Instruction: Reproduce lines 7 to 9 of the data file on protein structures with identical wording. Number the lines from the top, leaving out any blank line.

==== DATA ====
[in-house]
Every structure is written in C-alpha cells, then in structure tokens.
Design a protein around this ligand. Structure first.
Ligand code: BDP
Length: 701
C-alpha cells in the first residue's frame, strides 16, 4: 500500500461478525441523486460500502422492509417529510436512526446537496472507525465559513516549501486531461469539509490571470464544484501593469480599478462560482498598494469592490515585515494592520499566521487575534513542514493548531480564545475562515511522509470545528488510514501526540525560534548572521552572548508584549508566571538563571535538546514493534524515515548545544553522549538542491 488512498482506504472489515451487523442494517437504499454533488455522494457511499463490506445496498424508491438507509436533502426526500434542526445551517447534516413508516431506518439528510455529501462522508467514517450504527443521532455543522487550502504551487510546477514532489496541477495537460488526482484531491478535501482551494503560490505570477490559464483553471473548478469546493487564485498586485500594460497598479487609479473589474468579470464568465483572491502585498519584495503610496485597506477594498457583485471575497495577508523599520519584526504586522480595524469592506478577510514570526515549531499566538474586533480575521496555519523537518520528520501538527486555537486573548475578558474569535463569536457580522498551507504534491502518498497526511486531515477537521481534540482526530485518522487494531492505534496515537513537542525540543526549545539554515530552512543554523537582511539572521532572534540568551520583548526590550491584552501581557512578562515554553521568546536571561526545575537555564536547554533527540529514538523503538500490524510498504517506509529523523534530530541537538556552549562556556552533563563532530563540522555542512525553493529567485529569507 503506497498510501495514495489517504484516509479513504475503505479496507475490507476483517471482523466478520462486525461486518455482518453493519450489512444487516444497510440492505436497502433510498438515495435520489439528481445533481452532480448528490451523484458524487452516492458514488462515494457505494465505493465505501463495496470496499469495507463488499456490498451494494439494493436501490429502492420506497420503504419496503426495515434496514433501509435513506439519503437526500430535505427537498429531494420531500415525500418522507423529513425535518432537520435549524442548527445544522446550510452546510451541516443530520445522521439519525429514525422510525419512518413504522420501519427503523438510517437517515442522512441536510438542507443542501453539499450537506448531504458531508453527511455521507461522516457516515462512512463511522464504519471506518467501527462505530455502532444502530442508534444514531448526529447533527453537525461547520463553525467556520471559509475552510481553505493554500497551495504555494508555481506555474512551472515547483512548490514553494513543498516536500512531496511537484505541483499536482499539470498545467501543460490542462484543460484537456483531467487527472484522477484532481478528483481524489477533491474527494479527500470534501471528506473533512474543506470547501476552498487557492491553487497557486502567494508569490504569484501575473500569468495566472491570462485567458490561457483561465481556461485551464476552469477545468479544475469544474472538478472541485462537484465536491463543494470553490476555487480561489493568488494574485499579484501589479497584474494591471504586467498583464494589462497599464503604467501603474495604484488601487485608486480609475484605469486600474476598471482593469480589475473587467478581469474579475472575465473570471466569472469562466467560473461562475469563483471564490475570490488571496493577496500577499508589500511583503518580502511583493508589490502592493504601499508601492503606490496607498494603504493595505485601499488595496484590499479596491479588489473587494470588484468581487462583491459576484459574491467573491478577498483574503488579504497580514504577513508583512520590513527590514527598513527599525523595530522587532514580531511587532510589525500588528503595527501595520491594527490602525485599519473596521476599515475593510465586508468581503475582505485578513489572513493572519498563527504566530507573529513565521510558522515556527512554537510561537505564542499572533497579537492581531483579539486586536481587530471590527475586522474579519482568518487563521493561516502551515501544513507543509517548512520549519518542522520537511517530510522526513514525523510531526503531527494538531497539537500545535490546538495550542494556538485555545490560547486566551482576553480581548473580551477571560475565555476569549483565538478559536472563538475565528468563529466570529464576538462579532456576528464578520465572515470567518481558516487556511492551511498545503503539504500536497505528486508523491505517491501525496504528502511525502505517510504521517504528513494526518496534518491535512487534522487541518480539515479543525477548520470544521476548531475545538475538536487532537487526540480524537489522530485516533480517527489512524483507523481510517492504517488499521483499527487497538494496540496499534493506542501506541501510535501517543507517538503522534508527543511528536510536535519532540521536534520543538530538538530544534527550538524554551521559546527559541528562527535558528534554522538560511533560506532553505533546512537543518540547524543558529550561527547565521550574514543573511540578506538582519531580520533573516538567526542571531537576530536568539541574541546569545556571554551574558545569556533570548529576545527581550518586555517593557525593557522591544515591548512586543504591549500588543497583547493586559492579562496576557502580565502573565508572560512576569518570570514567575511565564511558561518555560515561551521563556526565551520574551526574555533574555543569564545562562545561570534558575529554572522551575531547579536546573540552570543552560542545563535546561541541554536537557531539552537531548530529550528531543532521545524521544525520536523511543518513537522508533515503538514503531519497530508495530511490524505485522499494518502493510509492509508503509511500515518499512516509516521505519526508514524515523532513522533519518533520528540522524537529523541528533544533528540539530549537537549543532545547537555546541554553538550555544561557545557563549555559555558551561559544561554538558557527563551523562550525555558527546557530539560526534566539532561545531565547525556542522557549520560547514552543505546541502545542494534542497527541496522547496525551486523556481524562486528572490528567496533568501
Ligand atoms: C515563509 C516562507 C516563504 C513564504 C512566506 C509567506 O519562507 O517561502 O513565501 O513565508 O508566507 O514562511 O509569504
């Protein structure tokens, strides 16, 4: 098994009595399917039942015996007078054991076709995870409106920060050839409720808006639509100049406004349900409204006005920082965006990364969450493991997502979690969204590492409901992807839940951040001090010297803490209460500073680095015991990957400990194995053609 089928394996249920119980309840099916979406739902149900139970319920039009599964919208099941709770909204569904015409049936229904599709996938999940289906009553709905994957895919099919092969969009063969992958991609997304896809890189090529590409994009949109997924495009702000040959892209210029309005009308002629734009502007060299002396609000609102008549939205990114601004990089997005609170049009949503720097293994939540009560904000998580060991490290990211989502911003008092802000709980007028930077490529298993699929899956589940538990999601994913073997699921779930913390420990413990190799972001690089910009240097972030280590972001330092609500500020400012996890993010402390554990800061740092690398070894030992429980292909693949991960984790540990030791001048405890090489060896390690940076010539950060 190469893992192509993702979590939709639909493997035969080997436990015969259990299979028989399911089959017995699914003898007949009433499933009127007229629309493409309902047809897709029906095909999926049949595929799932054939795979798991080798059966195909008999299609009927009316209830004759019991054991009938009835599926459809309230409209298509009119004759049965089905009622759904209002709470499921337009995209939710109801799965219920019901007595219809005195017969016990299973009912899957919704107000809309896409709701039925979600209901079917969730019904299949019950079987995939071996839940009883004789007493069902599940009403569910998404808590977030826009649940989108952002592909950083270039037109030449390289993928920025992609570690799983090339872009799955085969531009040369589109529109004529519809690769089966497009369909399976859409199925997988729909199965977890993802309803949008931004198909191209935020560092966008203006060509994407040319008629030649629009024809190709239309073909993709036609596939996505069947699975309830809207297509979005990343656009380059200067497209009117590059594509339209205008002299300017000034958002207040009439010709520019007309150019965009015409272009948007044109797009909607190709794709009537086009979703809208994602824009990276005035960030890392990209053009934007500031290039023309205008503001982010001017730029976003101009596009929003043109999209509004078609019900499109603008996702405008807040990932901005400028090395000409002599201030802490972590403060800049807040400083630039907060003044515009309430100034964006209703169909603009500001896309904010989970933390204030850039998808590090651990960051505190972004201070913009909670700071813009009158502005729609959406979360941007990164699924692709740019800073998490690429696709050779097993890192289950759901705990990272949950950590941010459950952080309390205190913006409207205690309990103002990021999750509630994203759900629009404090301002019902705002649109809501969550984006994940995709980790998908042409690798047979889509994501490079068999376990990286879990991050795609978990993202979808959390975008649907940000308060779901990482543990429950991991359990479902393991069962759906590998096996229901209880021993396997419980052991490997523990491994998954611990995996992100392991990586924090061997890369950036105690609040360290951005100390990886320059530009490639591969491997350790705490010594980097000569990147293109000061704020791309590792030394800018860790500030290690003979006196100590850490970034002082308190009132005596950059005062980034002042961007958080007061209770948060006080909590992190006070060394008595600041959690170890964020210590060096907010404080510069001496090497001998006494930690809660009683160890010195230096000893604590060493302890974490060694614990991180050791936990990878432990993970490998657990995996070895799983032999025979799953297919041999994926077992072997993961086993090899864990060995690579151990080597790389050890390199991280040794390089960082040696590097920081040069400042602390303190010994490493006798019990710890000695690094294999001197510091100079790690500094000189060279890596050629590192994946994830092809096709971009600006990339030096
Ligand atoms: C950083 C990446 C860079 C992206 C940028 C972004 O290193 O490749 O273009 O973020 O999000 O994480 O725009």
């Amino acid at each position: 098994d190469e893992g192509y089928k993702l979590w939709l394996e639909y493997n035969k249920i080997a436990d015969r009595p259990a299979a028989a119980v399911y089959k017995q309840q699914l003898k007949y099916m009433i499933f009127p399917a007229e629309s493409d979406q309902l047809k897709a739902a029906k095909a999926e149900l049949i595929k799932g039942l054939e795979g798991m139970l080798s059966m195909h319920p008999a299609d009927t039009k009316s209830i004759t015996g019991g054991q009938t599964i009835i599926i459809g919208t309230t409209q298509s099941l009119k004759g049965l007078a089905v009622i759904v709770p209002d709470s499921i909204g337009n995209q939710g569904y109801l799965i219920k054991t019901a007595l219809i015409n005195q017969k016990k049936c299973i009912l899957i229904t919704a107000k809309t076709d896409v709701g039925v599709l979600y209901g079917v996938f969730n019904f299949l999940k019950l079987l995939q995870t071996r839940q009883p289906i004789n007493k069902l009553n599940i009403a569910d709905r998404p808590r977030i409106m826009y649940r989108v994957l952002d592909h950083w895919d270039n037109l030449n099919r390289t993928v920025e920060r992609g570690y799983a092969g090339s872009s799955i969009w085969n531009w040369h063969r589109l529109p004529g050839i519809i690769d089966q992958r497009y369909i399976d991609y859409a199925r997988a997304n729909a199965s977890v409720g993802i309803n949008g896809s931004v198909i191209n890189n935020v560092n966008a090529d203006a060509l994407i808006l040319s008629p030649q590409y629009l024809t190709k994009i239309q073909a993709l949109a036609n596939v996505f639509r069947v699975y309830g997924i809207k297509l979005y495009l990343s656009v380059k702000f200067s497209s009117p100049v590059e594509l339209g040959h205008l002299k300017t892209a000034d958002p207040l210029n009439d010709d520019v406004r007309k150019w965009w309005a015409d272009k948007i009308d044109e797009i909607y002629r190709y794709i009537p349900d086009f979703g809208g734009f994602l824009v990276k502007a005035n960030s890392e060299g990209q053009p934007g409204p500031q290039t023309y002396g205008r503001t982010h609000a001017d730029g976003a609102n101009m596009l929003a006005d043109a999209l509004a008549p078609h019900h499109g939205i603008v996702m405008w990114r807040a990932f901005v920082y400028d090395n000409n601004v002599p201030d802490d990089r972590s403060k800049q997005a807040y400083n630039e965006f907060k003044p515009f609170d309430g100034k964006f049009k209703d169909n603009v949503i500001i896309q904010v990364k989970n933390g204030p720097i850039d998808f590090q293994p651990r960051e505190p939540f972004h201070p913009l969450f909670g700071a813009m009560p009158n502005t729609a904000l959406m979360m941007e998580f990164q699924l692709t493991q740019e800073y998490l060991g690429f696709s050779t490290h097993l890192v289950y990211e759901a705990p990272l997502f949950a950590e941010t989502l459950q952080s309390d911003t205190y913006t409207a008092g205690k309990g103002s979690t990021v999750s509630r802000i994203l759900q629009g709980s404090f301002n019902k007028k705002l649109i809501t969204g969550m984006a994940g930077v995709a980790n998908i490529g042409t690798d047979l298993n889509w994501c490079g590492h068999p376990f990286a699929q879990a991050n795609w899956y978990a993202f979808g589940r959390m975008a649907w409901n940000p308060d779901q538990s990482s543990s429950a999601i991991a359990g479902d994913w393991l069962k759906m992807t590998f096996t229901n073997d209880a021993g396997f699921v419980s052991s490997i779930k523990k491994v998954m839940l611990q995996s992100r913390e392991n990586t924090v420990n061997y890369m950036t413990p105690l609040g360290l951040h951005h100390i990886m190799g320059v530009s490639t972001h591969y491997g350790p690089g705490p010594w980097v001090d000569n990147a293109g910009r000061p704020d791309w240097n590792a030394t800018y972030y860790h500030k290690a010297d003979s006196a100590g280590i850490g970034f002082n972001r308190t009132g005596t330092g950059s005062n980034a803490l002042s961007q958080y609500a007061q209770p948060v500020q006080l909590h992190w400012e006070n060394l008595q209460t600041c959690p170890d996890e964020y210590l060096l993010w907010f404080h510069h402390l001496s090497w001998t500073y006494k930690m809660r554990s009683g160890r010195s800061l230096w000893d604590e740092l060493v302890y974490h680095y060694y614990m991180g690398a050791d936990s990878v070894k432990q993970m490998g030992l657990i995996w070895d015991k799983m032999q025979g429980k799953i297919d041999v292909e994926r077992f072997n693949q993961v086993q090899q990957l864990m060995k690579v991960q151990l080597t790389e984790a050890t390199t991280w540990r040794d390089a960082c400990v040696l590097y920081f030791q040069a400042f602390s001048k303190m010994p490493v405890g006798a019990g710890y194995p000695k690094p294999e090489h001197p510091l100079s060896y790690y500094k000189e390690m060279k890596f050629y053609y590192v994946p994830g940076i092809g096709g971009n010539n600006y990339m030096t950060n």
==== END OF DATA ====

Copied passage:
Ligand atoms: C515563509 C516562507 C516563504 C513564504 C512566506 C509567506 O519562507 O517561502 O513565501 O513565508 O508566507 O514562511 O509569504
């Protein structure tokens, strides 16, 4: 098994009595399917039942015996007078054991076709995870409106920060050839409720808006639509100049406004349900409204006005920082965006990364969450493991997502979690969204590492409901992807839940951040001090010297803490209460500073680095015991990957400990194995053609 089928394996249920119980309840099916979406739902149900139970319920039009599964919208099941709770909204569904015409049936229904599709996938999940289906009553709905994957895919099919092969969009063969992958991609997304896809890189090529590409994009949109997924495009702000040959892209210029309005009308002629734009502007060299002396609000609102008549939205990114601004990089997005609170049009949503720097293994939540009560904000998580060991490290990211989502911003008092802000709980007028930077490529298993699929899956589940538990999601994913073997699921779930913390420990413990190799972001690089910009240097972030280590972001330092609500500020400012996890993010402390554990800061740092690398070894030992429980292909693949991960984790540990030791001048405890090489060896390690940076010539950060 190469893992192509993702979590939709639909493997035969080997436990015969259990299979028989399911089959017995699914003898007949009433499933009127007229629309493409309902047809897709029906095909999926049949595929799932054939795979798991080798059966195909008999299609009927009316209830004759019991054991009938009835599926459809309230409209298509009119004759049965089905009622759904209002709470499921337009995209939710109801799965219920019901007595219809005195017969016990299973009912899957919704107000809309896409709701039925979600209901079917969730019904299949019950079987995939071996839940009883004789007493069902599940009403569910998404808590977030826009649940989108952002592909950083270039037109030449390289993928920025992609570690799983090339872009799955085969531009040369589109529109004529519809690769089966497009369909399976859409199925997988729909199965977890993802309803949008931004198909191209935020560092966008203006060509994407040319008629030649629009024809190709239309073909993709036609596939996505069947699975309830809207297509979005990343656009380059200067497209009117590059594509339209205008002299300017000034958002207040009439010709520019007309150019965009015409272009948007044109797009909607190709794709009537086009979703809208994602824009990276005035960030890392990209053009934007500031290039023309205008503001982010001017730029976003101009596009929003043109999209509004078609019900499109603008996702405008807040990932901005400028090395000409002599201030802490972590403060800049807040400083630039907060003044515009309430100034964006209703169909603009500001896309904010989970933390204030850039998808590090651990960051505190972004201070913009909670700071813009009158502005729609959406979360941007990164699924692709740019800073998490690429696709050779097993890192289950759901705990990272949950950590941010459950952080309390205190913006409207205690309990103002990021999750509630994203759900629009404090301002019902705002649109809501969550984006994940995709980790998908042409690798047979889509994501490079068999376990990286879990991050795609978990993202979808959390975008649907940000308060779901990482543990429950991991359990479902393991069962759906590998096996229901209880021993396997419980052991490997523990491994998954611990995996992100392991990586924090061997890369950036105690609040360290951005100390990886320059530009490639591969491997350790705490010594980097000569990147293109000061704020791309590792030394800018860790500030290690003979006196100590850490970034002082308190009132005596950059005062980034002042961007958080007061209770948060006080909590992190006070060394008595600041959690170890964020210590060096907010404080510069001496090497001998006494930690809660009683160890010195230096000893604590060493302890974490060694614990991180050791936990990878432990993970490998657990995996070895799983032999025979799953297919041999994926077992072997993961086993090899864990060995690579151990080597790389050890390199991280040794390089960082040696590097920081040069400042602390303190010994490493006798019990710890000695690094294999001197510091100079790690500094000189060279890596050629590192994946994830092809096709971009600006990339030096
Ligand atoms: C950083 C990446 C860079 C992206 C940028 C972004 O290193 O490749 O273009 O973020 O999000 O994480 O725009």